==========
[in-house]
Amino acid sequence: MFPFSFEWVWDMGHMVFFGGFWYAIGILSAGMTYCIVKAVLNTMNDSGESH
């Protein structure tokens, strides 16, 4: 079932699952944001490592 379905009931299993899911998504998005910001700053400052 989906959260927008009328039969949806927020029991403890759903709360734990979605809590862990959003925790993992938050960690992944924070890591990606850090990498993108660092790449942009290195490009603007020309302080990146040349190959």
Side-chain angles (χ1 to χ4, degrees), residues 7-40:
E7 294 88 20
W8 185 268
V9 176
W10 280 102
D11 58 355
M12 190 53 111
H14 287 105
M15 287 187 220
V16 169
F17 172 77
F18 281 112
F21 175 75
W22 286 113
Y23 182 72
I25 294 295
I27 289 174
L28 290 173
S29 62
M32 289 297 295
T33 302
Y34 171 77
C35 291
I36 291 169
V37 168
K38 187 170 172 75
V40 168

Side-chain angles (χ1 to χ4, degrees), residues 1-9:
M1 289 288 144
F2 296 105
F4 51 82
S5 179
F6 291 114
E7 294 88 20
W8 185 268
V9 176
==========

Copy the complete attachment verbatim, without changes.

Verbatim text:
[in-house]
Amino acid sequence: MFPFSFEWVWDMGHMVFFGGFWYAIGILSAGMTYCIVKAVLNTMNDSGESH
């Protein structure tokens, strides 16, 4: 079932699952944001490592 379905009931299993899911998504998005910001700053400052 989906959260927008009328039969949806927020029991403890759903709360734990979605809590862990959003925790993992938050960690992944924070890591990606850090990498993108660092790449942009290195490009603007020309302080990146040349190959």
Side-chain angles (χ1 to χ4, degrees), residues 7-40:
E7 294 88 20
W8 185 268
V9 176
W10 280 102
D11 58 355
M12 190 53 111
H14 287 105
M15 287 187 220
V16 169
F17 172 77
F18 281 112
F21 175 75
W22 286 113
Y23 182 72
I25 294 295
I27 289 174
L28 290 173
S29 62
M32 289 297 295
T33 302
Y34 171 77
C35 291
I36 291 169
V37 168
K38 187 170 172 75
V40 168

Side-chain angles (χ1 to χ4, degrees), residues 1-9:
M1 289 288 144
F2 296 105
F4 51 82
S5 179
F6 291 114
E7 294 88 20
W8 185 268
V9 176